- Andrew Perriman offers some reflections on Anthony Thiselton’s Hermeneutics of Doctrine and the way it is helping him reconsider the legitimacy of doctrine in relationship to biblical interpretation. On a similar note, Justin Taylor discusses Vern Poythress’s view on the matter and offers links to a couple of further resources.
- Paul Alexander explains why the Gospel of John needs to be an equal partner with the Synoptics in constructing our understanding of the historical Jesus and the impact this would have on standard methodological principles. (HT Jim West)
- Jason Goroncy offers a lengthy excerpt from Rowan William’s recent address on the topic of forgiveness.
- Brian LePort offers a roundup of recent posts on the role of women in the church.
- And, a church in Brazil has gotten permission to move forward with its $200m replica of Solomon’s temple.
- The Australian Broadcast Corporation announces the launch of its religion and ethics portal. The plan is to provide both ABC content from its various media sources as well as original content from leading thinkers around the world.The home page features an article from Rowan Williams, “Refugees Make Us Strange to Ourselves,” about the role that racial and intellectual others play in fostering intellectual freedom and healthy cultural identity. (HT Byron Smith)
- Biblical Interpretation has an article challenging the idea that we can chronologically separated “early” biblical Hebrew from “late” biblical Hebrew, contending instead that they are contemporaneous styles and that this has implications for how we date OT books. (HT Jim West)
- Larry Hurtado comments on the success and frustration of his new blog.
- Ed Setzer discusses four problems with the “rock star” pastor, and his suggested solutions.
- Christopher Benson has an interesting post on “Why We Need the Dark.” I’m counting on Rev. 22:5 being metaphorical because I really like the dark. (I’m sure that suggest some deeply disturbing things about my psyche, and I’m okay with that.)
- Joel points out that students can get Amazon Prime free for one year.
- And, here’s a helpful resource for anyone who needs to learn how to talk smack in Chinese.
- There’s a firestorm brewing in the Church of England over reports that Rowan Williams will now support Jeffrey John as the Church’s first openly gay bishop. At the same time, Stuart points out a good article warning about taking such reports too seriously.
- Justin Taylor links to an article by Vern Poythress that he calls “The Best Essay Ever Written on Spiritual Gifts Today.” According to Taylor, the thesis of the article is: “I maintain that modern spiritual gifts are analogous to but not identical with the divinely authoritative gifts exercised by the apostles. Since there is no strict identity, apostolic teaching and the biblical canon have exclusive divine authority. On the other hand, since there is analogy, modern spiritual gifts are still genuine and useful to the church. Hence, there is a middle way between blanket approval and blanket rejection of modern charismatic gifts.”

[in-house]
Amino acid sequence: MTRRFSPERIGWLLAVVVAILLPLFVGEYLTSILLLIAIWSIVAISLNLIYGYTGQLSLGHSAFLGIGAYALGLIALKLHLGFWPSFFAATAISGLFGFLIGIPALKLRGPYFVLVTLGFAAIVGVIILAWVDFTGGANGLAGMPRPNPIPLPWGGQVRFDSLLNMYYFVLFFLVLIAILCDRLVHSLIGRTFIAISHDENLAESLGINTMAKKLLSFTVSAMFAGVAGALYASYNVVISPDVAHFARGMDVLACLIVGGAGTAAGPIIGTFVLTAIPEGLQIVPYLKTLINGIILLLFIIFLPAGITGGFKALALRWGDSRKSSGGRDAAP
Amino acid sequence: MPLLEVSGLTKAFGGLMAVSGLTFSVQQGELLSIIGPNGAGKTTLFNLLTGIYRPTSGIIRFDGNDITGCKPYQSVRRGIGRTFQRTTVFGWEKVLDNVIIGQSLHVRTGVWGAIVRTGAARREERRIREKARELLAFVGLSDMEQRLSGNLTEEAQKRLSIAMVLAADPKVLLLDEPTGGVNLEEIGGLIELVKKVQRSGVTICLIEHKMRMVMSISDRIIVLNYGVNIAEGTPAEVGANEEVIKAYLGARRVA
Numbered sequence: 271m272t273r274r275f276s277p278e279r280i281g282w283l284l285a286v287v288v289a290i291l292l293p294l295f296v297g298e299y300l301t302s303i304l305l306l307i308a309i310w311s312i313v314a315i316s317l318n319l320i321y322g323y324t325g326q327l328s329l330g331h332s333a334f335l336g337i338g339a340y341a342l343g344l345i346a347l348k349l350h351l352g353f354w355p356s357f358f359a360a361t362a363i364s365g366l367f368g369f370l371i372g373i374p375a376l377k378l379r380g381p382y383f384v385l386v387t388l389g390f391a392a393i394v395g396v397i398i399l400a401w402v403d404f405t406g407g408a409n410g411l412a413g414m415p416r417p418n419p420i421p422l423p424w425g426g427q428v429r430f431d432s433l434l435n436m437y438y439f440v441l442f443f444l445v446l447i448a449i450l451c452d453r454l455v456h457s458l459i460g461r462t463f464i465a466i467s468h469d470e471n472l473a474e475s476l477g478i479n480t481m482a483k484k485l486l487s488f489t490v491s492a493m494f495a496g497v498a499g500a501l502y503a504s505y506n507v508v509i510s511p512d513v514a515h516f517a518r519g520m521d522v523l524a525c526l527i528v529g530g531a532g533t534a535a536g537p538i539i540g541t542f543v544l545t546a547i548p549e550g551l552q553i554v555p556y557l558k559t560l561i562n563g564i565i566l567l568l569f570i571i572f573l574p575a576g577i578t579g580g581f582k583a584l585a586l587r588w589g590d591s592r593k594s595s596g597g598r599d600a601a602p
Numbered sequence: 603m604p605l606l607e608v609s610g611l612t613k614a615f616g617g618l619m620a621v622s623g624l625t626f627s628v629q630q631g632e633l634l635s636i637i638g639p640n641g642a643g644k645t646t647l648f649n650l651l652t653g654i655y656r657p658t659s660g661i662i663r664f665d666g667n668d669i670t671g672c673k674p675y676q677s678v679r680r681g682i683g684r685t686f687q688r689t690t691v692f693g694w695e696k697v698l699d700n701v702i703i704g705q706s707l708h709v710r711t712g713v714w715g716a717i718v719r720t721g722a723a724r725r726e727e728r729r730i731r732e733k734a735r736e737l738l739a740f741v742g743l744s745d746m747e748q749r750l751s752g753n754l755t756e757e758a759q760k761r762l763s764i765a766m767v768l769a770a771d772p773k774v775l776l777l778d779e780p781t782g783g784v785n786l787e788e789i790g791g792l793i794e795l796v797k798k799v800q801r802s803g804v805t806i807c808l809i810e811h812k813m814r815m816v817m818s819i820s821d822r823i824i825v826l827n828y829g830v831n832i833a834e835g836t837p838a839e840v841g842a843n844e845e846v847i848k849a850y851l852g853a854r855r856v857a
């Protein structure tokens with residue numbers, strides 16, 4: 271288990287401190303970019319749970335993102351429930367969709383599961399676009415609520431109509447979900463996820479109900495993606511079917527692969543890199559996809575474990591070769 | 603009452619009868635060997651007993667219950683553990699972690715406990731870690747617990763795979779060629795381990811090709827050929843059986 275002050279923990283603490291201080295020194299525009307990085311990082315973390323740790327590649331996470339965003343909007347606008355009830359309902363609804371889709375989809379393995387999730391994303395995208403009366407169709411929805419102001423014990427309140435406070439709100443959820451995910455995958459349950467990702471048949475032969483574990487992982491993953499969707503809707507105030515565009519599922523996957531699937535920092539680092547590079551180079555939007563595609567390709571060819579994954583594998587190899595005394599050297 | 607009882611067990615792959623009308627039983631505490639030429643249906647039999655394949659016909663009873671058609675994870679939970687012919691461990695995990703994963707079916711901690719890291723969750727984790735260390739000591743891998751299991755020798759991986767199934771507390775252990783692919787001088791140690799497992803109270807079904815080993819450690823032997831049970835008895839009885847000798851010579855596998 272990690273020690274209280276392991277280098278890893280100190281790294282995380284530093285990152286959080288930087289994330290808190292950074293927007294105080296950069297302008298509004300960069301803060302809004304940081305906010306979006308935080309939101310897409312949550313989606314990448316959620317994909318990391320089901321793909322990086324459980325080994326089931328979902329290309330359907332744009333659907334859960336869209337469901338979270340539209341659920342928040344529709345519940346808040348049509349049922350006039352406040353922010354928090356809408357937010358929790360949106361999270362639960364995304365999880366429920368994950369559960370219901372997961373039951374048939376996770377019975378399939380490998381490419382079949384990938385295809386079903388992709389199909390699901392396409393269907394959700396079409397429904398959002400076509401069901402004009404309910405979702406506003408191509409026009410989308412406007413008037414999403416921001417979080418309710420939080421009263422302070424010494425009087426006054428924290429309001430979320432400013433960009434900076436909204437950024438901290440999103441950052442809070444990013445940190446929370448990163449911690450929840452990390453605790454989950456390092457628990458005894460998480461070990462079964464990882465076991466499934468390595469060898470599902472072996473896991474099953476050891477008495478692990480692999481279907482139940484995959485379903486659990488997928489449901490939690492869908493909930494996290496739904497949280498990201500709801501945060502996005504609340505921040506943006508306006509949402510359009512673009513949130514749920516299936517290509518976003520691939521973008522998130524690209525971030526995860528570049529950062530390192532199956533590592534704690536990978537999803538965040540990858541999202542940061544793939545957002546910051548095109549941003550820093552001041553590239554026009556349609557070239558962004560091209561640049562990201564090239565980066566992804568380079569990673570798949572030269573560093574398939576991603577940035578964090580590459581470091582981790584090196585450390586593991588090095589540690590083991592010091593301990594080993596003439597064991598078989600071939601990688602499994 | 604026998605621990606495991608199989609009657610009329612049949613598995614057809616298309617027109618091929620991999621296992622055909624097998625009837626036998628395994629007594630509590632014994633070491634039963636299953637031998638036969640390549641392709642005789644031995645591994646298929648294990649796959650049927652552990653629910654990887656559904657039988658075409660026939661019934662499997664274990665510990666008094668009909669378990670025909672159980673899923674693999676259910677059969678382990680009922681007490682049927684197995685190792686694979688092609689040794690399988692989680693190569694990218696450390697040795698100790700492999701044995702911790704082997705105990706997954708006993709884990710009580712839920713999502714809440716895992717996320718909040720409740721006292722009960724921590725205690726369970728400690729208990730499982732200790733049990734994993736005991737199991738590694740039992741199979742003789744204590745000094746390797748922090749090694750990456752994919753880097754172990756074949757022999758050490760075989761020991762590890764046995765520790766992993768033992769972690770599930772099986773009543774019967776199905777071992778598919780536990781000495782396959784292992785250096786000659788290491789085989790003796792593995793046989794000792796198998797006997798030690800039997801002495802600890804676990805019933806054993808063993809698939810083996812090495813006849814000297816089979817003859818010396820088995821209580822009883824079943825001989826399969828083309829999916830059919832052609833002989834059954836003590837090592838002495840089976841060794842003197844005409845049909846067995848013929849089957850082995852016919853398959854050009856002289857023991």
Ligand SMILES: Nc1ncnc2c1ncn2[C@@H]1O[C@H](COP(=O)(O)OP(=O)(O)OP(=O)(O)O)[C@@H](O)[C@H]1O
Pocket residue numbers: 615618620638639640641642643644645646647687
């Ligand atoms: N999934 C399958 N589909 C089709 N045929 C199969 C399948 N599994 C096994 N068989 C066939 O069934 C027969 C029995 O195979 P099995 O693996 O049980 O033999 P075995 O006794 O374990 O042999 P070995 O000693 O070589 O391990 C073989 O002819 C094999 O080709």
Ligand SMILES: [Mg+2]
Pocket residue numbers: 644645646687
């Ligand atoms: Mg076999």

- Wired Magazine has an interesting article on the neuroscience of Alcoholics Anonymous and why their approach helps some people, but not others. (HT BoingBoing)
- Larry Hurtado links to an article he wrote on “Freedom in the NT.”
- And, Jim West has declared that he will bravely face the rigors of running the Biblical Studies Carnivals all by himself. So, apparently the Carnivals will return to the blogosphere on August 1.
Here’s a great quote from Rowan Williams on why our culture needs to be mo materialistic than it is.
It’s been said often enough but it bears repeating, that in some ways – so far from being a materialist culture, we are a culture that is resentful about material reality, hungry for anything and everything that distances us from the constraints of being a physical animal subject to temporal processes, to uncontrollable changes and to sheer accident.
Rowan Williams, Jürgen Moltmann, Miroslav Volf, and David Ford recently spoke at the Holy Spirit in the World Today conference. And, they have now uploaded the audio files for most of those lectures. (HT Per Crucem ad Lucem). Here they are:
- Homily — Archbishop Rowan Williams
- Whispers of God at Work, in Cyberspace, in the Media and among the Young — Ken Costa
- Interview with Professor Jürgen Moltmann
- The Church in the Power of the Spirit — Professor Jürgen Moltmann
- Q&A with Professor Jürgen Moltmann and Archbishop Rowan Williams
- Key Issues in Pneumatology — Professor David Ford
- One Spirit, Many Tongues: Globalization, Faith Traditions, and Human Flourishing — Professor Miroslav Volf
- Filled with the Spirit — Revd Sandy Millar
- Bible Reading — Dr Jane Williams
- In the Spirit: Learning Wisdom, Giving Signs — Professor David Ford
- Q&A with Professors Miroslav Volf and David Ford — COMING SOON!
- Life in the Spirit: Identity, Vocation and the Cross — Revd Dr Graham Tomlin